A marine ecologist’s work schedule is often ruled by the tides. This week, the low tides are early— which means certain aspiring ecologists have to drag themselves from bed at an ungodly hour of morning to make the bike commute to the university and then the drive out to the coast. But on arriving at the estuary, this ecologist was rewarded by the early sun shining against the mudflats, calm warm weather that made for perfect collecting conditions, and a whole host of creatures already out and about. My labmates and I were especially excited to see these birds. We watched as a group of three waded down a tidal channel near our field site, sweeping their bills in wide arcs in front of them and swallowing down the small crustaceans and fish they caught.
It’s that bill, no surprise, that inspired the common name of this species: the Royal Spoonbill. Its Latin name is Platalea regia, and its Maori name is kōtuku ngutupapa.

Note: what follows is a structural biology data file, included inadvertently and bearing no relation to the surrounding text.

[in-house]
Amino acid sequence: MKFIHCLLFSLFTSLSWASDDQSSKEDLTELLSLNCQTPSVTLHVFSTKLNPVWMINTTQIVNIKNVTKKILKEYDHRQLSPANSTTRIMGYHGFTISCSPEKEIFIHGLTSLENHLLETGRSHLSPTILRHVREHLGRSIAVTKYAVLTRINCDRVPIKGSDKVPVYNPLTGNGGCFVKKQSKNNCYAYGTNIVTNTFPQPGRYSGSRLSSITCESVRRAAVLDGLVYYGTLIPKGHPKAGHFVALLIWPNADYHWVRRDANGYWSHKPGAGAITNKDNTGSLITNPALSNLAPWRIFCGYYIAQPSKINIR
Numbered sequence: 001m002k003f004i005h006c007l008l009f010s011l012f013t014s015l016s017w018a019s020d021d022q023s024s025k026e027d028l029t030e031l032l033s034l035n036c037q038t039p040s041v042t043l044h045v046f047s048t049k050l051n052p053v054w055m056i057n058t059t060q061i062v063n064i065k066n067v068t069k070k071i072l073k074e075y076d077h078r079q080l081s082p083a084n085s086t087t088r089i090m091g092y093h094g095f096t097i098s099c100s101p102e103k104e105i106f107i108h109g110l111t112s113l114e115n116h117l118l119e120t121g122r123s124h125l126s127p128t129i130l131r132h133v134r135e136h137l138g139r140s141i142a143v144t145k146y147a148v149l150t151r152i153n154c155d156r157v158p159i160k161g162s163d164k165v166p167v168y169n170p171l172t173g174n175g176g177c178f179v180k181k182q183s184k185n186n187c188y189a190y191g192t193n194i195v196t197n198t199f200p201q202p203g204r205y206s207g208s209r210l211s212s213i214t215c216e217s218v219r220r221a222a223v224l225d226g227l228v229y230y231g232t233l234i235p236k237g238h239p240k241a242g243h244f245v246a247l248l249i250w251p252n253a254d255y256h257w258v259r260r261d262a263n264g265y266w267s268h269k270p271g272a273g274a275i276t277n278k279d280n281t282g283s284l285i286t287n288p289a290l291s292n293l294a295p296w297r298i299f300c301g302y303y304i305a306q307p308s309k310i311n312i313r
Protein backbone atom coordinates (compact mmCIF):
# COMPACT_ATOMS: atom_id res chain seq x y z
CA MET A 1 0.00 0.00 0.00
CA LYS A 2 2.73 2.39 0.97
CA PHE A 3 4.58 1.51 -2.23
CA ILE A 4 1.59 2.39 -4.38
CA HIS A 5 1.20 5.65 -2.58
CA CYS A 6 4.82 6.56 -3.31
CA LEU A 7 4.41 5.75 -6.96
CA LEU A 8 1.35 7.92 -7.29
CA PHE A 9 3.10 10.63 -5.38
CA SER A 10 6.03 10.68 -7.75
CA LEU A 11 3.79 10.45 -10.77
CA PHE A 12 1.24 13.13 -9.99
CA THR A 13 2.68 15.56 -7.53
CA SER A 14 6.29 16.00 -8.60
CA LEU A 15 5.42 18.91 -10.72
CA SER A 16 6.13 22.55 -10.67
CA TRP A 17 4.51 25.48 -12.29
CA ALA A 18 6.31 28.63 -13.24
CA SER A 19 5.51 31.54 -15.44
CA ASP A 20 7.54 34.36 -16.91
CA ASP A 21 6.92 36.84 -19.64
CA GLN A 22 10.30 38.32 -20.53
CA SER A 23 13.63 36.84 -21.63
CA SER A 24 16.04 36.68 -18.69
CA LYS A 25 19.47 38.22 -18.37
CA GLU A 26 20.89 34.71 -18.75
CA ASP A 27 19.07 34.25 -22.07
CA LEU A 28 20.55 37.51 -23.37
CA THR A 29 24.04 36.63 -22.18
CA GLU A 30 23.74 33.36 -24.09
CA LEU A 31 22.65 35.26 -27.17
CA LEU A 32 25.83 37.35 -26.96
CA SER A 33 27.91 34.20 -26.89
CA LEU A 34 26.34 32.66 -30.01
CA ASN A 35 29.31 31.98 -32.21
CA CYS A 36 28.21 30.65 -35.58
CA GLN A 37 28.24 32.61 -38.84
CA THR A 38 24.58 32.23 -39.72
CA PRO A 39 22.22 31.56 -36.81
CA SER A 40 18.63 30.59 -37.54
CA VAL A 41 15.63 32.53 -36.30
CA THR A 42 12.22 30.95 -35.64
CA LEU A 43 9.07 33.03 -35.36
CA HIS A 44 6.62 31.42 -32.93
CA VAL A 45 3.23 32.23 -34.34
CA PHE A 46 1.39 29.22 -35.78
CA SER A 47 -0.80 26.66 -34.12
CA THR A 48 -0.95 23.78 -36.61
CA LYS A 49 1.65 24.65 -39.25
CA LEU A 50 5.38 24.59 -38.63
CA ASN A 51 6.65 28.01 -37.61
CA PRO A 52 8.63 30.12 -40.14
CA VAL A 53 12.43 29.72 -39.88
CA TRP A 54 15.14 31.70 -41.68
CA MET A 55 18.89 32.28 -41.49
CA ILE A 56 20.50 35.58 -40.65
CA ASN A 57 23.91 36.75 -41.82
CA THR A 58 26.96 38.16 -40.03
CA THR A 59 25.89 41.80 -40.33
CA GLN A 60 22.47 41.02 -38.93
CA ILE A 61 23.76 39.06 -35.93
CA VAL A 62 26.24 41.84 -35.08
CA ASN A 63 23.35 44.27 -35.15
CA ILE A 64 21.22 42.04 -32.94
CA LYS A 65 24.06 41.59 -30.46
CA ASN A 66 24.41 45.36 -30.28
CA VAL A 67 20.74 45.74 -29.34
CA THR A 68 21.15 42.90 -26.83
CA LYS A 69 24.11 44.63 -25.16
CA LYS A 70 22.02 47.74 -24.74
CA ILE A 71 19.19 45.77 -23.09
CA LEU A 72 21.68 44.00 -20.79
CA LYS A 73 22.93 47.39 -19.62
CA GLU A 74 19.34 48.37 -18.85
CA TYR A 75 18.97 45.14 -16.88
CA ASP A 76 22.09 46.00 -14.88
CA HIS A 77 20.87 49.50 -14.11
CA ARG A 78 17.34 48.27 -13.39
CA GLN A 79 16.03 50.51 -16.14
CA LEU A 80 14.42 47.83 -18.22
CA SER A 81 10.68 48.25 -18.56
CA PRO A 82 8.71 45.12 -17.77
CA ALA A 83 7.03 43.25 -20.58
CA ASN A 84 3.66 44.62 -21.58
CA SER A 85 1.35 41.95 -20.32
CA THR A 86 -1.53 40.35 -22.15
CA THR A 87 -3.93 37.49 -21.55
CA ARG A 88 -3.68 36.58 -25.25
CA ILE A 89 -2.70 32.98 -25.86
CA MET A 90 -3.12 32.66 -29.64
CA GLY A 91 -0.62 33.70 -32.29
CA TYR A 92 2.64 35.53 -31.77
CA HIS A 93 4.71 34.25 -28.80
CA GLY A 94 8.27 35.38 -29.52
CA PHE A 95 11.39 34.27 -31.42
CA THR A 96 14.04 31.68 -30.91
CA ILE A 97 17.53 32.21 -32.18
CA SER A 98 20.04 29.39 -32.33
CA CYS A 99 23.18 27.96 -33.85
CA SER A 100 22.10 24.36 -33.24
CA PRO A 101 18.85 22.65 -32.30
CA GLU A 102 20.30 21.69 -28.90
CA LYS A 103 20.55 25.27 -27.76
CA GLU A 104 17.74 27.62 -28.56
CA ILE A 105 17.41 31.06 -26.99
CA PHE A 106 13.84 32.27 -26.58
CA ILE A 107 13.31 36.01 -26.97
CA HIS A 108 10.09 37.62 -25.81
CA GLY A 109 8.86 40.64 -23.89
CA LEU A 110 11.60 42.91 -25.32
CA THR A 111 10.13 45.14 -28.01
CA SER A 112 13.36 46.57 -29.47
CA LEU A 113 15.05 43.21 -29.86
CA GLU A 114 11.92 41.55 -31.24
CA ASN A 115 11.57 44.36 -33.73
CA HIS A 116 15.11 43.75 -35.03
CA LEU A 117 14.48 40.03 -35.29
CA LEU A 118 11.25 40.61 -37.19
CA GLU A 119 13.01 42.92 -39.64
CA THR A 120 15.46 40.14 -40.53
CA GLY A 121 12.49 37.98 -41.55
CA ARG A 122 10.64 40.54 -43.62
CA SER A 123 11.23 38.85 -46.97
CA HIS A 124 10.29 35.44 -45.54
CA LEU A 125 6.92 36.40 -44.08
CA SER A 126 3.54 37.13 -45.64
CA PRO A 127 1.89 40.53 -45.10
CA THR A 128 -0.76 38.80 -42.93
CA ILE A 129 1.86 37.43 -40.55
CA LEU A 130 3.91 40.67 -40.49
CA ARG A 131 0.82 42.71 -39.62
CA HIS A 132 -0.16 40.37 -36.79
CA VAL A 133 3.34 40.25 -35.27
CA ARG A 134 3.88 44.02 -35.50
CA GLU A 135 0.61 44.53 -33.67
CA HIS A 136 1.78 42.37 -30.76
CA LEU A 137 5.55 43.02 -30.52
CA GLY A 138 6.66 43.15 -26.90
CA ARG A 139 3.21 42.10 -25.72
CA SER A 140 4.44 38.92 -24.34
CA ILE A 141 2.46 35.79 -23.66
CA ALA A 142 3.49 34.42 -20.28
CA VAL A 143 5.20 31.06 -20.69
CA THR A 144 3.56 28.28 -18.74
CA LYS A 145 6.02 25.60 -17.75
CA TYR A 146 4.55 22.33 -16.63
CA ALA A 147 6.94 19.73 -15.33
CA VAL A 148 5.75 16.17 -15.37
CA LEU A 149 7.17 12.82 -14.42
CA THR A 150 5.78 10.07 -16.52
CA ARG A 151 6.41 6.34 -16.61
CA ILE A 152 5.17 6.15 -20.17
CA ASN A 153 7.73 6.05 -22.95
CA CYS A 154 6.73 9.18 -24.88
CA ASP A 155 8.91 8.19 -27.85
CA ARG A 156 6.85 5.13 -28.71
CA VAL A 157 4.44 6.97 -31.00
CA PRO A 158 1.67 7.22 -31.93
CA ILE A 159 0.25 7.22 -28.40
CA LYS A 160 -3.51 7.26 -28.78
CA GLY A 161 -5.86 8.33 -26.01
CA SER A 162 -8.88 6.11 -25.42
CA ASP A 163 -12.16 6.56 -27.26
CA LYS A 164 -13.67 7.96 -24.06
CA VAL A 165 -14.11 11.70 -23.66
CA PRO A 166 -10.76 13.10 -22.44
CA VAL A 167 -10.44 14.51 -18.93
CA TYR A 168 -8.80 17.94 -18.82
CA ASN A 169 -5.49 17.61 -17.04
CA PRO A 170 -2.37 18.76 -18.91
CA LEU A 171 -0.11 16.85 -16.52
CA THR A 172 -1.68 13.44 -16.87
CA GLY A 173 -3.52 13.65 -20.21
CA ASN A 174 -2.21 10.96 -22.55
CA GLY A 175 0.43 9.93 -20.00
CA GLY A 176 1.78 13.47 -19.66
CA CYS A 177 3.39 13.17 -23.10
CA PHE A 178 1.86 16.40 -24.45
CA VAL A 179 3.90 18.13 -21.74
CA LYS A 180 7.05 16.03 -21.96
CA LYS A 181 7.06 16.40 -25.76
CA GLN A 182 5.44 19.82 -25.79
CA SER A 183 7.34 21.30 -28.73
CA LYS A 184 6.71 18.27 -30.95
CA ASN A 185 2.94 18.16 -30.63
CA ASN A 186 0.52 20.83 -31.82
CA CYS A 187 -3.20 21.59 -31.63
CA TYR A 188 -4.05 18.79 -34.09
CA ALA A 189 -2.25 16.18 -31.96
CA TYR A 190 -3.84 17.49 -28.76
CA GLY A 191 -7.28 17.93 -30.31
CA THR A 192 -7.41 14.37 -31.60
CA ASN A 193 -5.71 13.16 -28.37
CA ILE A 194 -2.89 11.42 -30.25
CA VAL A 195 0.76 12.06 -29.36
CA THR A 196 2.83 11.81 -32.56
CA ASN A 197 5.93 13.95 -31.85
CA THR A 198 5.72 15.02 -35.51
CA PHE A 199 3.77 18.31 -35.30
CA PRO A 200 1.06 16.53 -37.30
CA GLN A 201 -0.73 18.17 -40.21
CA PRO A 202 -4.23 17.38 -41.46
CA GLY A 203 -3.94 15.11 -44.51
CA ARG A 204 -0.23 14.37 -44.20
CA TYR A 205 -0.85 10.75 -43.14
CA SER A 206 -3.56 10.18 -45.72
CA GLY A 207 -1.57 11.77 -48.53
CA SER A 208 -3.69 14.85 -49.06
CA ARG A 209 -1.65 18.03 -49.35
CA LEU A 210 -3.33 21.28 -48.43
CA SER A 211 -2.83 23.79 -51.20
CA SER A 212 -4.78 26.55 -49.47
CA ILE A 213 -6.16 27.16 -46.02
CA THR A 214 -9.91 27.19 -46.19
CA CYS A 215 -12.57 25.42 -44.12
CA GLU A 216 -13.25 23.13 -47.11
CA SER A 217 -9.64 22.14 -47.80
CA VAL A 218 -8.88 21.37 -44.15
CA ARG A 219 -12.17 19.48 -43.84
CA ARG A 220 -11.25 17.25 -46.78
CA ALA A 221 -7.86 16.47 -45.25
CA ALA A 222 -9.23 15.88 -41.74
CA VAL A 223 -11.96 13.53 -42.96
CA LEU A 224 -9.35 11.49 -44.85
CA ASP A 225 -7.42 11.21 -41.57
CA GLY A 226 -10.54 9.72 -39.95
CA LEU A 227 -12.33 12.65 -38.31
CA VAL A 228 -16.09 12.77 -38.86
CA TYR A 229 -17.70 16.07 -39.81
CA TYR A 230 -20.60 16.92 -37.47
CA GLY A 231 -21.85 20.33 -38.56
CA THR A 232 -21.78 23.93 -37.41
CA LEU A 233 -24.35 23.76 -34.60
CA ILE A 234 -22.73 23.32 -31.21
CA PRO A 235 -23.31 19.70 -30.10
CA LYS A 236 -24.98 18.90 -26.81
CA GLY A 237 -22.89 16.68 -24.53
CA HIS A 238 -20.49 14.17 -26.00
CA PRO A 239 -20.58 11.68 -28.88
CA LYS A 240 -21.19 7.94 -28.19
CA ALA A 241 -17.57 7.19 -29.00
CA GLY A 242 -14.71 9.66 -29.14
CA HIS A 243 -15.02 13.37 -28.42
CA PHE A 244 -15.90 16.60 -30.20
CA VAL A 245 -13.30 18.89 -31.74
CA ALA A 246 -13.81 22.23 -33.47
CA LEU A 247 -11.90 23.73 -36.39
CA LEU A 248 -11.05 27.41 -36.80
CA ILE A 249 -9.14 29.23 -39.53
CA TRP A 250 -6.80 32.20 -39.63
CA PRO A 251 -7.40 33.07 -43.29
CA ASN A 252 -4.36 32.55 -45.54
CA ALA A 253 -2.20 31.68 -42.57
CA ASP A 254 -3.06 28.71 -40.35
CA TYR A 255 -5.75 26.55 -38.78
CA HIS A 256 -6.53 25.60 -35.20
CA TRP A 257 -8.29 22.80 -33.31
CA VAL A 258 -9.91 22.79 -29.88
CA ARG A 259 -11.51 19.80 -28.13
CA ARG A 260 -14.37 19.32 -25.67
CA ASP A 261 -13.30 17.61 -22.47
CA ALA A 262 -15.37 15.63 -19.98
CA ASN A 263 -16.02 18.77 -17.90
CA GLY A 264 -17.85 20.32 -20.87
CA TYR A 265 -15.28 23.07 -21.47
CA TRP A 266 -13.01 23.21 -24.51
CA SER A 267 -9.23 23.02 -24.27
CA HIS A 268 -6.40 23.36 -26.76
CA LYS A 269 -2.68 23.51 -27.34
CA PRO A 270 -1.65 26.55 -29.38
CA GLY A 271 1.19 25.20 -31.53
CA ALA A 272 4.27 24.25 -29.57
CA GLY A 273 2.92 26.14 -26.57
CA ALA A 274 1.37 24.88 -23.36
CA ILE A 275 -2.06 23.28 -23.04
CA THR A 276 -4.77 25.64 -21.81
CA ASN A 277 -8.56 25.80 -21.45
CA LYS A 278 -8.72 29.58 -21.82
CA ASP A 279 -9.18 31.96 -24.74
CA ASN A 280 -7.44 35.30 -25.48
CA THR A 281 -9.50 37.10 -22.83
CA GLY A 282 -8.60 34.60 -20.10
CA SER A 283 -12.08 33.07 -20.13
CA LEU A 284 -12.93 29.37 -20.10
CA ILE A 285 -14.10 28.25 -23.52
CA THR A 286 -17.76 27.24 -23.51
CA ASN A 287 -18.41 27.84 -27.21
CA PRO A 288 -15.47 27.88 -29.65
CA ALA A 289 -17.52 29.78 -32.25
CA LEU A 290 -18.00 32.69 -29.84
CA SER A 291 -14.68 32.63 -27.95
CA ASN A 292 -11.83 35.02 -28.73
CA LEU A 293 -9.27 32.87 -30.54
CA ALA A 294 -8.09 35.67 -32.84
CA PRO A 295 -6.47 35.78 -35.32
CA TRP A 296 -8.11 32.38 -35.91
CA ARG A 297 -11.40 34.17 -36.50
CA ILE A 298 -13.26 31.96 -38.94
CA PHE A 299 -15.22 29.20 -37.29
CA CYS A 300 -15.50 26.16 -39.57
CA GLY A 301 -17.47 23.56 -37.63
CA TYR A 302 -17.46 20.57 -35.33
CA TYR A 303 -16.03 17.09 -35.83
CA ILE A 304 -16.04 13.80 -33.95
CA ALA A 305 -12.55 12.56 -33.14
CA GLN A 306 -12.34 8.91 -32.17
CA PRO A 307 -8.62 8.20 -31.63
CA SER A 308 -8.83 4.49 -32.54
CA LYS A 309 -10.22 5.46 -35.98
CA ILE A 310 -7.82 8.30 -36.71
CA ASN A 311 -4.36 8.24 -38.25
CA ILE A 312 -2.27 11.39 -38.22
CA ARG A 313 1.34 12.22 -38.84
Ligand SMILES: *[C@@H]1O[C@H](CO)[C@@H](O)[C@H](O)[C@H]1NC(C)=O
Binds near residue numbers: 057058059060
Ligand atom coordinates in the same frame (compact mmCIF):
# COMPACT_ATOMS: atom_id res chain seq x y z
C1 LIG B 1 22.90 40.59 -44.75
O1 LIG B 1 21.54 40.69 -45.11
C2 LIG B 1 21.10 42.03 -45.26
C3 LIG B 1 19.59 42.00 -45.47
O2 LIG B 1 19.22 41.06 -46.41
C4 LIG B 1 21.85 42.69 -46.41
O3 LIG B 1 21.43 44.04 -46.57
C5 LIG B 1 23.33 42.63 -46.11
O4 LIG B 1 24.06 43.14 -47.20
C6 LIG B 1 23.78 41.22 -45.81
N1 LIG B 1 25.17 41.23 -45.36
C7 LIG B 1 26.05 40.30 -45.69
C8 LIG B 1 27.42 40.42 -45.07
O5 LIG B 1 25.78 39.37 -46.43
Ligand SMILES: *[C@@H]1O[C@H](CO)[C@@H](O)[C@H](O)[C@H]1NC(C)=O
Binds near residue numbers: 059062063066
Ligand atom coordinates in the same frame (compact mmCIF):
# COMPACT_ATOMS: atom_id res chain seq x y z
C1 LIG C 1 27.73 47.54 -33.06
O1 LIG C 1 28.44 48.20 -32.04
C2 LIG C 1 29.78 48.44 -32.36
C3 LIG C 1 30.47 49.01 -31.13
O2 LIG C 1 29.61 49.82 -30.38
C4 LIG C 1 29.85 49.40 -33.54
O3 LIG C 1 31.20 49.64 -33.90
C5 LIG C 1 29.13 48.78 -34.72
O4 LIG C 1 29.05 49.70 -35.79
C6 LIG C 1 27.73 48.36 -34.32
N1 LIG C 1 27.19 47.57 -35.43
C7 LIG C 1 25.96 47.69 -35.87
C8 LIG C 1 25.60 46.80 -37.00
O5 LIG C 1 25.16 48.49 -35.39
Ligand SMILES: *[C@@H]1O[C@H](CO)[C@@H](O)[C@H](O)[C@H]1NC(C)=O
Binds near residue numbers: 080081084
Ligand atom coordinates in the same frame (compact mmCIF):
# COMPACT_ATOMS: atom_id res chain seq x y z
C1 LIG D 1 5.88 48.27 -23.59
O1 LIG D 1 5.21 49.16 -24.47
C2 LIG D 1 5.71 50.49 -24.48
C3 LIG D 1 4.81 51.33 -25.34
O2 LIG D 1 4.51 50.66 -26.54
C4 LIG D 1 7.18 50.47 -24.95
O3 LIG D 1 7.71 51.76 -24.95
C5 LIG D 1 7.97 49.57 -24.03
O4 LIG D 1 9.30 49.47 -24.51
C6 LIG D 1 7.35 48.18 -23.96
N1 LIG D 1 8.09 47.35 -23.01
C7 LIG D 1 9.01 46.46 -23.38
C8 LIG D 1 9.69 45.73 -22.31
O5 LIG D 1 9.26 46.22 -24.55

The fact that it has a Maori name is a good reminder that Maori is not a stagnant language that describes only elements of the natural world as they stood before the arrival of European settler, since the Spoonbill is actually a fairly recent New Zealand resident*. First spotted here in 1861, it’s believed to have self-introduced from Australia. And it’s doing pretty well— in 1977, there were 52 birds in New Zealand, but at the most recent official count in 1996, the population was up to 959.
I can’t help but wonder what sort of impact the Spoonbills have on the invertebrates of the estuary, especially given their blossoming population. But to get a better sense of that, it would help to have another nationwide Spoonbill count— I’d volunteer for that!
Until next time,
*Interestingly, the NZ Bird Encyclopaedia (check it out!) actually lists Spoonbills as a native. I’ve been searching for definitions of how “native” or “non-native” is actually assigned, but it’s a topic of some debate. What do you think? Is it “useful” to determine “native” vs “non-native” status anyways?